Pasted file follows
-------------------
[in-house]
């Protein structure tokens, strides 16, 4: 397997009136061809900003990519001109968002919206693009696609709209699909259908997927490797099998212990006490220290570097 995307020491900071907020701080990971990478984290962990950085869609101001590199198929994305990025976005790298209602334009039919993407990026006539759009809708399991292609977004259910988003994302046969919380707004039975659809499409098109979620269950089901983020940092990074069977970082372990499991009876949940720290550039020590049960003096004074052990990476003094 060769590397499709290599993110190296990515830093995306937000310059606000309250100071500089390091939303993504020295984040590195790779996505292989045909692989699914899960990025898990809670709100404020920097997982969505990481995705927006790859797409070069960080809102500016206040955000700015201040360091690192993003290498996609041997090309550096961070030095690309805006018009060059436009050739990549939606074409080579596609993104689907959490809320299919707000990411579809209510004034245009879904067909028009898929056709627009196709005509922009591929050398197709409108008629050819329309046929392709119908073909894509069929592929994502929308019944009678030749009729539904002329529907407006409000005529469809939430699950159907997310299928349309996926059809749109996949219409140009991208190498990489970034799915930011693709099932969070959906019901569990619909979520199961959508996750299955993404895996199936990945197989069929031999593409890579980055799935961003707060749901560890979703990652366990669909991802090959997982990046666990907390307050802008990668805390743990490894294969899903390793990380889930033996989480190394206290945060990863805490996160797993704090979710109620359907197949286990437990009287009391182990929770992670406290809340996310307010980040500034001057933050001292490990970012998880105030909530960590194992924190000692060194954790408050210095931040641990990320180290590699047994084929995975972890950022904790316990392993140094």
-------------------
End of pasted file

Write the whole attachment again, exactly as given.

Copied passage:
[in-house]
């Protein structure tokens, strides 16, 4: 397997009136061809900003990519001109968002919206693009696609709209699909259908997927490797099998212990006490220290570097 995307020491900071907020701080990971990478984290962990950085869609101001590199198929994305990025976005790298209602334009039919993407990026006539759009809708399991292609977004259910988003994302046969919380707004039975659809499409098109979620269950089901983020940092990074069977970082372990499991009876949940720290550039020590049960003096004074052990990476003094 060769590397499709290599993110190296990515830093995306937000310059606000309250100071500089390091939303993504020295984040590195790779996505292989045909692989699914899960990025898990809670709100404020920097997982969505990481995705927006790859797409070069960080809102500016206040955000700015201040360091690192993003290498996609041997090309550096961070030095690309805006018009060059436009050739990549939606074409080579596609993104689907959490809320299919707000990411579809209510004034245009879904067909028009898929056709627009196709005509922009591929050398197709409108008629050819329309046929392709119908073909894509069929592929994502929308019944009678030749009729539904002329529907407006409000005529469809939430699950159907997310299928349309996926059809749109996949219409140009991208190498990489970034799915930011693709099932969070959906019901569990619909979520199961959508996750299955993404895996199936990945197989069929031999593409890579980055799935961003707060749901560890979703990652366990669909991802090959997982990046666990907390307050802008990668805390743990490894294969899903390793990380889930033996989480190394206290945060990863805490996160797993704090979710109620359907197949286990437990009287009391182990929770992670406290809340996310307010980040500034001057933050001292490990970012998880105030909530960590194992924190000692060194954790408050210095931040641990990320180290590699047994084929995975972890950022904790316990392993140094």